Intramolecular hydroamination of aminoalkenes with group 2 precatalysts: mechanistic insights and ligand design

  • Merle Arrowsmith

Student thesis: Doctoral ThesisPhD


Long relegated to the background by the pre-eminence of magnesium-based, stoichiometric Grignard reagents, a distinct chemistry of the heavier alkaline earth metals, calcium, strontium and barium, is only now starting to emerge. As similarities have been drawn between the large, electropositive, redox-inert and d0 alkaline earth Ae2+ dications and the Ln3+ cations of the lanthanide series, a growing group 2-mediated catalytic chemistry has developed over the last decade, including polymerisation reactions, heterofunctionalisation reactions of multiple bonds and some rare examples of dehydrocoupling reactions. Among these catalytic reactions the magnesium- and calcium-catalysed intramolecular hydroamination of aminoalkenes has attracted particular interest. Mechanistic studies have demonstrated many parallels with the lanthanide-mediated catalytic cycle based upon successive σ-bond metathesis and insertion steps. In the first part of this thesis, further investigations into the hydroamination/cyclisation reaction have demonstrated the prominent role of the charge density of the catalytic group 2 cation (M = Mg, Ca, Sr, Ba), the beneficial influence of stabilising spectator ligands, and the importance of the choice of the reactive co-ligand for efficient catalyst initiation. Kinetic analyses of reactions monitored by NMR spectroscopy have given new insight into activation energies, entropic effects, substrate and product inhibition, and kinetic isotope effects, leading to a review of the previously suggested lanthanide-mimetic mechanism. In a second part, this study seeks to address two of the main challenges posed by the intramolecular hydroamination reaction in particular, and heavier alkaline earth-catalysed reactions in general: (i) The need to design new monoanionic spectator ligands capable of stabilising heteroleptic heavier alkaline earth complexes and preventing deleterious Schlenk-type ligand redistribution processes in solution; (ii) The stabilisation of highly reactive heteroleptic group 2 alkyl functionalities for fast, irreversible catalyst initiation and novel reactivity.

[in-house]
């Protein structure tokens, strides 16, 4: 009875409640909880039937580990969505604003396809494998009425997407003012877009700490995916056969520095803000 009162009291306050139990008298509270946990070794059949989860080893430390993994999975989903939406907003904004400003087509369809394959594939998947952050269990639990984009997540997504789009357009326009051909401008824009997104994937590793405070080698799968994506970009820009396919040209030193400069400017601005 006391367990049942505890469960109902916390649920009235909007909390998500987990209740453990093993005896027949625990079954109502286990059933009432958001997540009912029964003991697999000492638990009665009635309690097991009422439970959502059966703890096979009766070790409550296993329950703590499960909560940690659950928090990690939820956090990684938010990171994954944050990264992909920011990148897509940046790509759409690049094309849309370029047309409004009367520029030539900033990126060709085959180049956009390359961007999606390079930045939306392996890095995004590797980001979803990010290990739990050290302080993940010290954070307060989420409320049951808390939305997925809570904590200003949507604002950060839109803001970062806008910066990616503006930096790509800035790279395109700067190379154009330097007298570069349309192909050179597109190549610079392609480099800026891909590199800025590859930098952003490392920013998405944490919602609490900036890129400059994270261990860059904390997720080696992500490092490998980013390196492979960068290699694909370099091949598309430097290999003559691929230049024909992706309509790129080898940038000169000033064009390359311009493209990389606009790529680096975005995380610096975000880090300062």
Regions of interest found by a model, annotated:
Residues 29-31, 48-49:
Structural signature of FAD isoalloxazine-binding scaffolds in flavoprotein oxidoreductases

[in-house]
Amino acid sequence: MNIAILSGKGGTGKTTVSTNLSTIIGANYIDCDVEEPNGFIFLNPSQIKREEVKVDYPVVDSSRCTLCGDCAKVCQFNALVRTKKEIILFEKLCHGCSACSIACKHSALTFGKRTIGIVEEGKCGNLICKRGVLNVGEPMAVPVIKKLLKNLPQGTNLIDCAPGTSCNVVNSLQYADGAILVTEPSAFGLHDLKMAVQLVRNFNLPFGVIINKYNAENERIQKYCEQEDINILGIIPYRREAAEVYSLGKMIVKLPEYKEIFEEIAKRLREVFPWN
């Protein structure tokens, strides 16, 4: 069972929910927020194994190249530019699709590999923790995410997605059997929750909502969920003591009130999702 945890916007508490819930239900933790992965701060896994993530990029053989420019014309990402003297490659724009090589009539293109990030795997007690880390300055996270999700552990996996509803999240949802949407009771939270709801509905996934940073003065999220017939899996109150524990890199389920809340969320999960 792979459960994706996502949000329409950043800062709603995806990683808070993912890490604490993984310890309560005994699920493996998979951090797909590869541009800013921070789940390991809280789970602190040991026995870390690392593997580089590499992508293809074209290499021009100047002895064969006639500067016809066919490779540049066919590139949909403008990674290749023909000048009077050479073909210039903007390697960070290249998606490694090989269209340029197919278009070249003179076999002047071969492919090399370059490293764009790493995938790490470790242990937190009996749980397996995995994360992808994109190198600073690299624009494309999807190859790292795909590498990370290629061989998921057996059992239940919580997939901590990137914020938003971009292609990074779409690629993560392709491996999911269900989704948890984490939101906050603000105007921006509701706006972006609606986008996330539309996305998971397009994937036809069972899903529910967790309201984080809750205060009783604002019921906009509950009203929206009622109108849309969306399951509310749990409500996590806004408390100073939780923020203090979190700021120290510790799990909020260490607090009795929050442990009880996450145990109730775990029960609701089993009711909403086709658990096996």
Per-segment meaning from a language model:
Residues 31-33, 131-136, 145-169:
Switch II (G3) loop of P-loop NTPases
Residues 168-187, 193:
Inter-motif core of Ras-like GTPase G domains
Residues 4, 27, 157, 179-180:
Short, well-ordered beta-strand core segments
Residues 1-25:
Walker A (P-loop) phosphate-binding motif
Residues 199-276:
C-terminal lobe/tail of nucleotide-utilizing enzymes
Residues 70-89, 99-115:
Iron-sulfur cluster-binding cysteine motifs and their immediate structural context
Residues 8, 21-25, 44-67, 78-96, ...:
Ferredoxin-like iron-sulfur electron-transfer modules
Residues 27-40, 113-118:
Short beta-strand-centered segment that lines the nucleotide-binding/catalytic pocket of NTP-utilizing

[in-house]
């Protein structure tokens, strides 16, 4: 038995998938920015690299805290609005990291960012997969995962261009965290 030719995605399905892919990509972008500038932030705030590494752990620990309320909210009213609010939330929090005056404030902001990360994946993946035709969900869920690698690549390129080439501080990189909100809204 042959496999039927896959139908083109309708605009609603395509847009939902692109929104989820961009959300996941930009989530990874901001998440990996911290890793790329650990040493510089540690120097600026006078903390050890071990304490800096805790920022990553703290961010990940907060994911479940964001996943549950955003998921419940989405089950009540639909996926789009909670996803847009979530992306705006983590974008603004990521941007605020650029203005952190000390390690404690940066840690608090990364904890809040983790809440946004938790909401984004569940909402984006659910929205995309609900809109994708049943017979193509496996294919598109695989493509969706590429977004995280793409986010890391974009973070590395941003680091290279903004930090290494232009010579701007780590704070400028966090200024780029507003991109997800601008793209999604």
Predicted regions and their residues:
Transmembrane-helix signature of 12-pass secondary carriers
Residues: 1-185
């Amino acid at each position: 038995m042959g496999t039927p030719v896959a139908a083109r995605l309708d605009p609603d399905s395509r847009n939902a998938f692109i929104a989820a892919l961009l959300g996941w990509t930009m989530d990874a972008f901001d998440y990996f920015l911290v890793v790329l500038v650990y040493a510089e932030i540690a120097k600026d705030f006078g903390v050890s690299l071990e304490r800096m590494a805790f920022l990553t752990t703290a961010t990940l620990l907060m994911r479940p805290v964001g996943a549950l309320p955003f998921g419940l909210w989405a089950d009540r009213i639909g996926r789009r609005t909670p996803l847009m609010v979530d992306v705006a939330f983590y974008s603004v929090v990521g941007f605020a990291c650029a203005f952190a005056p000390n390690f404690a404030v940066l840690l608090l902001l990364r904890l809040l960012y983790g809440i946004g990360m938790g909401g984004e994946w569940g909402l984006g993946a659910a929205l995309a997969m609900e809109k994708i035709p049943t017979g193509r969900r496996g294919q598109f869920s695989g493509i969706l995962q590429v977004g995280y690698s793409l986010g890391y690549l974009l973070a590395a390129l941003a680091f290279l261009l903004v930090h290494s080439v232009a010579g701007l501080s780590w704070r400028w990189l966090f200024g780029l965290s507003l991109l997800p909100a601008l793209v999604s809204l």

Date of Award1 Mar 2011
Original languageEnglish
Awarding Institution
  • University of Bath
SupervisorMichael Hill (Supervisor)


  • catalysis
  • hydroamination
  • carbene
  • dearomatisation
  • mechanism
  • ligand design
  • alkaline earth

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